The newly enacted § 1055-b authorizes the court to grant custody of the subject child to a relative or suitable person pursuant to Article 6 at the conclusion of a dispositional hearing under held under Article 10 under the following conditions: (1) the relative has filed a custody petition pursuant to Article 6; (2) the court finds that granting custody to that person is in the best interests of the child and that the safety of the child will not be jeopardized if the respondent is no longer under supervision or receiving services; (3) the court finds that granting custody to the relative under Article 6 will provide the child with a safe and permanent home; and (4) all parties consent or after a dispositional hearing which consolidates the Article 6 and Article 10 petitions. [FCA § 1055-b (a).]

Once the order of custody is made, the court “shall not issue an order of supervision nor may the court require the local department of social services to provide services to the respondent.” [FCA § 1055-b (b).] Once the order of custody is made, the court's jurisdiction over the Article 10 proceeding is concluded. [FCA § 1055-b (d).] However, the court may require the final order to specify that the law guardian and the department of social services receive notice of and be made parties to any subsequent proceedings to modify the custody order. [FCA § 1055-b (c).]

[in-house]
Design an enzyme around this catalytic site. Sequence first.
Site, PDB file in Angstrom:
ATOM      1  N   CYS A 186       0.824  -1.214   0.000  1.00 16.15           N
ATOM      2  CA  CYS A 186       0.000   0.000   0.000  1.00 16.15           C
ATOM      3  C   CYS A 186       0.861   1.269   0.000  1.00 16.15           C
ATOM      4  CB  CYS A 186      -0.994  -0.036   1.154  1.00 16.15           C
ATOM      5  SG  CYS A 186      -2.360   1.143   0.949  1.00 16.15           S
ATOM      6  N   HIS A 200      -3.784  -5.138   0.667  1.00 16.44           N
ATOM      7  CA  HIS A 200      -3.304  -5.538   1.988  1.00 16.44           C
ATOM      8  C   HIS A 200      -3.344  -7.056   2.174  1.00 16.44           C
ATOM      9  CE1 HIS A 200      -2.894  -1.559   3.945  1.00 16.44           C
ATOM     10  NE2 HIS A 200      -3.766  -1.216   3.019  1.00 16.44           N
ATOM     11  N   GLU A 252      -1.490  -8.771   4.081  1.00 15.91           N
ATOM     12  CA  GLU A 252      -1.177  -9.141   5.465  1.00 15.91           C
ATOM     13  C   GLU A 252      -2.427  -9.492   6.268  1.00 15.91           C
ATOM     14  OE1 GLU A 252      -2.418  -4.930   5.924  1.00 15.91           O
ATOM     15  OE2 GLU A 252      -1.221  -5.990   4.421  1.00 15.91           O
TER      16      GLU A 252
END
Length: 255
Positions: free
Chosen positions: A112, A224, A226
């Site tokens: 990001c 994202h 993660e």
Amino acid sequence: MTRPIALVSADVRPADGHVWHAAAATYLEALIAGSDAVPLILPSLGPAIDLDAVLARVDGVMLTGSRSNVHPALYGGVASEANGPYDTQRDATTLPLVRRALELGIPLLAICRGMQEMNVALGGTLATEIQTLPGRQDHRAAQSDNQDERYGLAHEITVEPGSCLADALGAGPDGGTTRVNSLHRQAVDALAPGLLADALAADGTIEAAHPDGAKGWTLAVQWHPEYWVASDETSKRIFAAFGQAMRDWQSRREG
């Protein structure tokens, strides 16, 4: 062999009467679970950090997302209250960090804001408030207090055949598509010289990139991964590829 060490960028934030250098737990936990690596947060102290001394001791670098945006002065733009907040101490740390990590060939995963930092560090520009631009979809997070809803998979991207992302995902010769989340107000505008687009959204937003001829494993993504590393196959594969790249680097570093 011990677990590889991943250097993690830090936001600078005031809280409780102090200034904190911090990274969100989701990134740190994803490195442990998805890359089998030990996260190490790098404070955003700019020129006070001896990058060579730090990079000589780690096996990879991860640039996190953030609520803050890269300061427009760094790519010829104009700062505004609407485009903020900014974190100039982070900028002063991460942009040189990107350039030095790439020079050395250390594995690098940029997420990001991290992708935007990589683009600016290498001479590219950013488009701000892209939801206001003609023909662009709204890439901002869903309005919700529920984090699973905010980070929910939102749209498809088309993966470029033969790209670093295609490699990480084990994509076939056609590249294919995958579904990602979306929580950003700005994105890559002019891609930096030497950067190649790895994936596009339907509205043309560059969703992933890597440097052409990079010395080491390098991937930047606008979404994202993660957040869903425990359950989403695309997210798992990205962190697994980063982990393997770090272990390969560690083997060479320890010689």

Section 1052 of the Family Court Act enumerates the Court's choices on disposition in an Article 10 proceeding: (1) suspending judgment; (2) releasing the child in accordance with § 1054; (3) placing the child in accordance with § 1057; (4) making an order of protection in accordance with § 1056; (5) placing the respondent under supervision; or (6) granting custody in accordance with § 1055-b. Effective on March 3, 2009, § 1052(a) of the Family Court Act was amended to prohibit the court from combining a custody award under § 1055-b with any other dispositional choice.

DECISION OF THE COURT

This has been a difficult case. The Court lauds the herculean efforts of the Law Guardian to ensure the safety of her client and the multiple attempts by County caseworkers to provide services to the respondent mother. The Court also recognizes that the father has taken a number of steps to enhance the well-being of his daughter. It is the sincere hope of this Court that the mother will enter and complete a rehabilitation program so that she can improve the quality of her life and resume a safe and loving relationship with her daughter.